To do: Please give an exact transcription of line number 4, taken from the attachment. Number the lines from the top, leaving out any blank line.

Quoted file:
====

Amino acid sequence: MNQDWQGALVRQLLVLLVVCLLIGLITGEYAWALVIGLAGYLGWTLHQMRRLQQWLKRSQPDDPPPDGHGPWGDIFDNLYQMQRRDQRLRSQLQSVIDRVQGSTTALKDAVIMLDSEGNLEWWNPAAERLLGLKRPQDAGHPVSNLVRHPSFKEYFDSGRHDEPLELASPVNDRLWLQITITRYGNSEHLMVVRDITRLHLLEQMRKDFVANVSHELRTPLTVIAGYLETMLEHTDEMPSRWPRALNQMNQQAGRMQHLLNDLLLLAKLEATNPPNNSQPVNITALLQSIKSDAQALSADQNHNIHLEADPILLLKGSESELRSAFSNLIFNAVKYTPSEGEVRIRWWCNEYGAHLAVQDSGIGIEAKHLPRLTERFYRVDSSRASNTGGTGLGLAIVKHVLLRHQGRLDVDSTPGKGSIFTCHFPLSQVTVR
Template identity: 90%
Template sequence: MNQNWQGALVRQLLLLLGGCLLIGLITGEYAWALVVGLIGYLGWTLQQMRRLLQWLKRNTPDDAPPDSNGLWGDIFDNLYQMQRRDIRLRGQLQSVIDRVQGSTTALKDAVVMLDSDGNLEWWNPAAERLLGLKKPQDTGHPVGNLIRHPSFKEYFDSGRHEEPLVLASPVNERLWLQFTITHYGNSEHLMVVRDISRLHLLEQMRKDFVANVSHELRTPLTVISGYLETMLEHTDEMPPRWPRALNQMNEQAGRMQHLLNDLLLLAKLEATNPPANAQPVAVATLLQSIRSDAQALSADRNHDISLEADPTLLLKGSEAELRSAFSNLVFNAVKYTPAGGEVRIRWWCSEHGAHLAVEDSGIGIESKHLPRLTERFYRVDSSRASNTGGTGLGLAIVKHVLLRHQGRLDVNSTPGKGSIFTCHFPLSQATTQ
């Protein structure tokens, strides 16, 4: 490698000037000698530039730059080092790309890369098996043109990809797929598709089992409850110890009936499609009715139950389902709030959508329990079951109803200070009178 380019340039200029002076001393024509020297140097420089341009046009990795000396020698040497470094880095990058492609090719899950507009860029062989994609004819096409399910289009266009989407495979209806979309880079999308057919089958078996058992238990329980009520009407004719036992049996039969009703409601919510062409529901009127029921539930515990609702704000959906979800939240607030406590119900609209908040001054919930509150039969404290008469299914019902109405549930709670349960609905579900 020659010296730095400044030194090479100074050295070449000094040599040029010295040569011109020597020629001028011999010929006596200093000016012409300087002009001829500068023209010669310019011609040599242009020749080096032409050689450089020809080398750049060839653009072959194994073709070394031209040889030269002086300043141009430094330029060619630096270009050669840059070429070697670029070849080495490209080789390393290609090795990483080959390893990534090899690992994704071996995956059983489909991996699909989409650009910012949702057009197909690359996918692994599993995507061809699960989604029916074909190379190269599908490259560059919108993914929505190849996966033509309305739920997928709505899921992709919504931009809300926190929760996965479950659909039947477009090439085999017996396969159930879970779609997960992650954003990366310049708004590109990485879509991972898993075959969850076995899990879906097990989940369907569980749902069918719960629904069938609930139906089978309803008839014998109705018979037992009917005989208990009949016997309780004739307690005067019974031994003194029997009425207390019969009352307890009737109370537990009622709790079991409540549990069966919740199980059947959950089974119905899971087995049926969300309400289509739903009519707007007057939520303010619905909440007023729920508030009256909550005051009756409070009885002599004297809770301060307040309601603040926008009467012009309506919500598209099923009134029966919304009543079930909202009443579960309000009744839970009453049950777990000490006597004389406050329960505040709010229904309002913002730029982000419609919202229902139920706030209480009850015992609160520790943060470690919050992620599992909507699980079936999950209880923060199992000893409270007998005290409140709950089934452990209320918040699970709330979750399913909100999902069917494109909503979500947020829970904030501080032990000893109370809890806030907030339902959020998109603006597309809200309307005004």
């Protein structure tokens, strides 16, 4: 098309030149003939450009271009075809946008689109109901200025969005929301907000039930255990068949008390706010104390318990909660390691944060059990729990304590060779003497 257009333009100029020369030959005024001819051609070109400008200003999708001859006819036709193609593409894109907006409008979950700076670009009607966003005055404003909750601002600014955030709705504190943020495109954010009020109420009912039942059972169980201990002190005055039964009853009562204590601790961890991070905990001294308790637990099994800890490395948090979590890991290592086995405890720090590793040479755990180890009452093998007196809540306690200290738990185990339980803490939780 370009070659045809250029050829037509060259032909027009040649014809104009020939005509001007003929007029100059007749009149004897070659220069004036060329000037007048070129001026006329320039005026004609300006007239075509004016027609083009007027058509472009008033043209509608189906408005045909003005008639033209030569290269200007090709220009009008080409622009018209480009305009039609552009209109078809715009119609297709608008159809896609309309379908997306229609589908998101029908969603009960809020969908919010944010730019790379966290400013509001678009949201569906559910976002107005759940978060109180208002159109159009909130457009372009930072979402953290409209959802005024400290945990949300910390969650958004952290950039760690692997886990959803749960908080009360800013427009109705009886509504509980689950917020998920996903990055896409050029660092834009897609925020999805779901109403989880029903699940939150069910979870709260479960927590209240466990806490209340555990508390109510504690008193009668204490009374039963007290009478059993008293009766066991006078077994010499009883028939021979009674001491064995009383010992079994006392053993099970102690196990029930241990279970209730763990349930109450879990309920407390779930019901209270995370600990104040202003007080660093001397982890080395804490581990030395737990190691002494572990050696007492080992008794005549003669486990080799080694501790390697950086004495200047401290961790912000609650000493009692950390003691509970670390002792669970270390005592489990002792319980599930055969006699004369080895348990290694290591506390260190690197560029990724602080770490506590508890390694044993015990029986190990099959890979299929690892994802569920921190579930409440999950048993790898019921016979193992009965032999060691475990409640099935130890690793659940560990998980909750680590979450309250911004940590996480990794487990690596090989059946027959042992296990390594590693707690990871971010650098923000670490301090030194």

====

């Protein structure tokens, strides 16, 4: 490698000037000698530039730059080092790309890369098996043109990809797929598709089992409850110890009936499609009715139950389902709030959508329990079951109803200070009178 380019340039200029002076001393024509020297140097420089341009046009990795000396020698040497470094880095990058492609090719899950507009860029062989994609004819096409399910289009266009989407495979209806979309880079999308057919089958078996058992238990329980009520009407004719036992049996039969009703409601919510062409529901009127029921539930515990609702704000959906979800939240607030406590119900609209908040001054919930509150039969404290008469299914019902109405549930709670349960609905579900 020659010296730095400044030194090479100074050295070449000094040599040029010295040569011109020597020629001028011999010929006596200093000016012409300087002009001829500068023209010669310019011609040599242009020749080096032409050689450089020809080398750049060839653009072959194994073709070394031209040889030269002086300043141009430094330029060619630096270009050669840059070429070697670029070849080495490209080789390393290609090795990483080959390893990534090899690992994704071996995956059983489909991996699909989409650009910012949702057009197909690359996918692994599993995507061809699960989604029916074909190379190269599908490259560059919108993914929505190849996966033509309305739920997928709505899921992709919504931009809300926190929760996965479950659909039947477009090439085999017996396969159930879970779609997960992650954003990366310049708004590109990485879509991972898993075959969850076995899990879906097990989940369907569980749902069918719960629904069938609930139906089978309803008839014998109705018979037992009917005989208990009949016997309780004739307690005067019974031994003194029997009425207390019969009352307890009737109370537990009622709790079991409540549990069966919740199980059947959950089974119905899971087995049926969300309400289509739903009519707007007057939520303010619905909440007023729920508030009256909550005051009756409070009885002599004297809770301060307040309601603040926008009467012009309506919500598209099923009134029966919304009543079930909202009443579960309000009744839970009453049950777990000490006597004389406050329960505040709010229904309002913002730029982000419609919202229902139920706030209480009850015992609160520790943060470690919050992620599992909507699980079936999950209880923060199992000893409270007998005290409140709950089934452990209320918040699970709330979750399913909100999902069917494109909503979500947020829970904030501080032990000893109370809890806030907030339902959020998109603006597309809200309307005004």